This isn’t one of those “Everyone look at me, I am leaving Facebook, weep for my forthcoming absence, listen to my list of grievances” dramatic exits that have become an annoying cliche. Quite the opposite, in fact. My decision to delete Facebook happened back in the middle of April, about six weeks ago. I didn’t say anything, didn’t tell anyone, just quietly left. Since then two people have noticed, or at least two people have bothered to say anything. I could use that fact to try to make a point, but why bother. You’ve heard it all before. Besides, this post isn’t really about Facebook. Life is an editing process. You keep what you want, make what you absolutely need[…]

This seems like a repeat of yesterday’s self-care tip (which itself felt like a repeat of the previous day’s tip), but I think there’s a fairly substantial difference. They’re two sides of the same coin, at the very least. You do have to reject other peoples’ definitions of self-care, but you can’t just leave a void. You need to create your own definition of self-care in order to be able to find a way forward. One of the questions I’ve been asked most frequently has been “What is self-care, anyway?”. Aside from the obvious “It’s taking are of yourself, duh!” answer, it’s kind of vague. Every human being has common needs — food, clothing, shelter, etcetera — but every person[…]

This might seem like a repeat of yesterday’s post, but it isn’t. You can reject someone’s specific self-care advice, but still agree with the general intent of the suggestion. Telling you that you need to drink more water when you already consume plenty, is a tip you can ignore. When you’ve already tried the quote-unquote normal self-care practices to no avail, you can largely dismiss them when you hear them for the umpty-thousandth time. Today’s advice is different in that you’re not ignoring the specifics, but rather rejecting the premise. You’ve got to reject other peoples’ definition of self-care if those people don’t understand your needs. For example, while there are overlaps between anxiety and depression, the thing that worked[…]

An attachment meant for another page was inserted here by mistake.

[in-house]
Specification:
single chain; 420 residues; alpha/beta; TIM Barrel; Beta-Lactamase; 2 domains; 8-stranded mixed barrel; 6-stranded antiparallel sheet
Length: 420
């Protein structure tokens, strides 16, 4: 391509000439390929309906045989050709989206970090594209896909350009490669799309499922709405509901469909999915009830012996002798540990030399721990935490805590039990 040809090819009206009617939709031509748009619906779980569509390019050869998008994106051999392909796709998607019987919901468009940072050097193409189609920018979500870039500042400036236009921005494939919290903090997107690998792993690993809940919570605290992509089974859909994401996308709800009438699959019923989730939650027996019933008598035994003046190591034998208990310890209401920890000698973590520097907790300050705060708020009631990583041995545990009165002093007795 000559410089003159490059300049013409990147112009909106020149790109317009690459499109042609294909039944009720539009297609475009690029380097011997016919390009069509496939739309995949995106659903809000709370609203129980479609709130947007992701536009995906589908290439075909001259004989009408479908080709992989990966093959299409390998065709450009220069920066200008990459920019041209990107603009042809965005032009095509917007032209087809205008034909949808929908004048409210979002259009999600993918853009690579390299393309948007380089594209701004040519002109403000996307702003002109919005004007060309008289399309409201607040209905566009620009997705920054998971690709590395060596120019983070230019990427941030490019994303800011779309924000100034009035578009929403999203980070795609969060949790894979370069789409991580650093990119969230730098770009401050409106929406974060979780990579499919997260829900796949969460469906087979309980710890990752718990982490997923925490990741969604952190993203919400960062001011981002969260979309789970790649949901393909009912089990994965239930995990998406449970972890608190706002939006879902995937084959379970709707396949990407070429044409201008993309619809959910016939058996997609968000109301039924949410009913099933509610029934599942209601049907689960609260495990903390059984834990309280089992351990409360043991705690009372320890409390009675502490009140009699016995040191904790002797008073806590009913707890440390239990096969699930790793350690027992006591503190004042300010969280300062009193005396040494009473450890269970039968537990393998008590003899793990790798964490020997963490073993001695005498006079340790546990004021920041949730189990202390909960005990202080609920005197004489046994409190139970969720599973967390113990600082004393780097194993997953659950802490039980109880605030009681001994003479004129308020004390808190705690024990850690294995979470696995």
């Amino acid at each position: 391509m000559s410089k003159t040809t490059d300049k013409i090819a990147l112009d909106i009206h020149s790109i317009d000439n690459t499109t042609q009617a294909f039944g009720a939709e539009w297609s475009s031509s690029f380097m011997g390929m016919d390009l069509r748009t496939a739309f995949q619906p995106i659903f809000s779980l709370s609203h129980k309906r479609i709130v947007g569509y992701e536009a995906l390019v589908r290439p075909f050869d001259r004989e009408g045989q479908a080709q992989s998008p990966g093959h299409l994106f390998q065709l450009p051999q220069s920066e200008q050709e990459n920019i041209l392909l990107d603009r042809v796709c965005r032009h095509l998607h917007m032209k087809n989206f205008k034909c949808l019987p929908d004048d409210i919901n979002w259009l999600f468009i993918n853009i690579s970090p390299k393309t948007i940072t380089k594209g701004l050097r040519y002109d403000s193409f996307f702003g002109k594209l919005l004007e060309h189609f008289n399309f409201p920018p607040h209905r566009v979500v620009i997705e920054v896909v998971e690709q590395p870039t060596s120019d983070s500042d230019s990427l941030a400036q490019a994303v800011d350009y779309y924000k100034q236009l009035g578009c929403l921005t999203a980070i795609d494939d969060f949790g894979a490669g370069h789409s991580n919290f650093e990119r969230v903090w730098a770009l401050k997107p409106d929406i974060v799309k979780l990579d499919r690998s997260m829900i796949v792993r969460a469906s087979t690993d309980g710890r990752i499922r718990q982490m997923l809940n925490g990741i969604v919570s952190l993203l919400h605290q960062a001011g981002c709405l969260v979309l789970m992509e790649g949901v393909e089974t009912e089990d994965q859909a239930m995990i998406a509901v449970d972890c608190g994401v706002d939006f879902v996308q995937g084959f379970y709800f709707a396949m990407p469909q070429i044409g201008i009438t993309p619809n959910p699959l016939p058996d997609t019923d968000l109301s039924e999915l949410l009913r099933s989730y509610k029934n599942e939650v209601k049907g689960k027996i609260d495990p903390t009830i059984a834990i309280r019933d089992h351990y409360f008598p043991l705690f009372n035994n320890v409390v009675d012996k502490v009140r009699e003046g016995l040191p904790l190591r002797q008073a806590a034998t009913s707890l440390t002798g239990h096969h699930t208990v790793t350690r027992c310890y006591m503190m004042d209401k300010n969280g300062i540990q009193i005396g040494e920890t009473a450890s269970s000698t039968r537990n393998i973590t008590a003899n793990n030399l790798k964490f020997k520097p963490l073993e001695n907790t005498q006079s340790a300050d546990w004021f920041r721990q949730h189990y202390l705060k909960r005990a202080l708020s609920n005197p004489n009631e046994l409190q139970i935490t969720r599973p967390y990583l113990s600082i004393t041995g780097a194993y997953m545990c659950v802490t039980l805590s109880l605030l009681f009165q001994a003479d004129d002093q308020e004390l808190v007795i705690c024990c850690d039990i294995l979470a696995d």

One of the best pieces of self-care advice that I can give is to ignore conventional self-care advice. In researching this month-long series I found a lot of repetition. There were tons of suggestions that boiled down to little more than common sense. Quite a few things were, due to the nature of the internet, either flat-out wrong or backdoor pitches to buy some sponsored goods or services. We all know that we need to get regular sleep. No one needs to tell us again that we should drink more water. Everyone faces the constant struggle to eat healthier food. Very few of us get as much exercise as we should, and we know this without having to continually be[…]

For the past couple of weeks I’ve been doing some small things to make our meals more of an experience. I’ve already talked about cooking a slow breakfast and having joyful rituals, so today’s tip is in line with those ideas. You’ve got to treat yourself and make your meals feel fancy. I’m now serving simple meals on smaller, nicer plates. Yes, it’s portion control, but psychologically it does feel like more food. Eating on nicer plates also has a bit of a self-esteem boost to it. I’m getting rid of all of our old, chipped dinnerware because seriously, it’s just sad. Some nice plates from the thrift store shouldn’t be too dear a cost for most people. The other[…]